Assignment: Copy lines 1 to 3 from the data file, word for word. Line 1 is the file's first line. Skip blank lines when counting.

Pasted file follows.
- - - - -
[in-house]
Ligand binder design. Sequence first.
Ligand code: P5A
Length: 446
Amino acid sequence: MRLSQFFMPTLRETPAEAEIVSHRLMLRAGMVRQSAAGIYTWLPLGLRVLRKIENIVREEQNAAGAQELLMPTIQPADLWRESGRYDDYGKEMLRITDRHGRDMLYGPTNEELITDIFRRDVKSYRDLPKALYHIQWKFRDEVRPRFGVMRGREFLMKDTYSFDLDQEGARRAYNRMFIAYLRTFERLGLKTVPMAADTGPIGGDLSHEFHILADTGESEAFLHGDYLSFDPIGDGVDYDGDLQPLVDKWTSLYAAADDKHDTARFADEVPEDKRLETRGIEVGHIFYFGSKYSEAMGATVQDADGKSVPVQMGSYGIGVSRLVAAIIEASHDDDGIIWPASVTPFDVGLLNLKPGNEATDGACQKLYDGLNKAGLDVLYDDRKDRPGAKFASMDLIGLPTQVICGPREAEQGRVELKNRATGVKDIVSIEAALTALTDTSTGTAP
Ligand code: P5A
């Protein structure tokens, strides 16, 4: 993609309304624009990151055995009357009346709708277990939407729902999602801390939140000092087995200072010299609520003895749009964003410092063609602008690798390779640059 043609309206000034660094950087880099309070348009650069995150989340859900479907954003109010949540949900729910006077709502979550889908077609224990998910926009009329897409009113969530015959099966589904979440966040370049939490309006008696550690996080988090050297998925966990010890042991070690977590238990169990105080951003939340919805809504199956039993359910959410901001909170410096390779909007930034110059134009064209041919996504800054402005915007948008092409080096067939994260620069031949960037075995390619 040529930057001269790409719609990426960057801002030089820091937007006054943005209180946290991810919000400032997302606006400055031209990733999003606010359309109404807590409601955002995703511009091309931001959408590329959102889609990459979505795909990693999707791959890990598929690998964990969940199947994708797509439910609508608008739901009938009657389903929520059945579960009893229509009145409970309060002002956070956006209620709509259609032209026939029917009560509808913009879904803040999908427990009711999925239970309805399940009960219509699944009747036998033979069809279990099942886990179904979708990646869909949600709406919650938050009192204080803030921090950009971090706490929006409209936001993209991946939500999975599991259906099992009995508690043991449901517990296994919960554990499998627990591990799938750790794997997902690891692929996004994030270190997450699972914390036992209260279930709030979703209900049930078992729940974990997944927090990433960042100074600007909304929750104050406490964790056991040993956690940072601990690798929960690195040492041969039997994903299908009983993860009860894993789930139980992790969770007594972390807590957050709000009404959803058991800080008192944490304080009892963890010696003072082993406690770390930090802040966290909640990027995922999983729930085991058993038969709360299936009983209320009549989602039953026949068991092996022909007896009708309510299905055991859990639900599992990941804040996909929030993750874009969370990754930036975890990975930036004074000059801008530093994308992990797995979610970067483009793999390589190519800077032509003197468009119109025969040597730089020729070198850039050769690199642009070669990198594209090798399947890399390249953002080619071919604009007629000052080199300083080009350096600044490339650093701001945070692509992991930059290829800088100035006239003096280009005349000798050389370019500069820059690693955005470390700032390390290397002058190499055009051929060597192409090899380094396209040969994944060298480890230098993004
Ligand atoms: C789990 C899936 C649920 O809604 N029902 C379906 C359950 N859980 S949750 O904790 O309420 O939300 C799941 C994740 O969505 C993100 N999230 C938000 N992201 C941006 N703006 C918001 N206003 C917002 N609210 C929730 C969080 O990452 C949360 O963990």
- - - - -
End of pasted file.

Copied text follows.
[in-house]
Ligand binder design. Sequence first.
Ligand code: P5A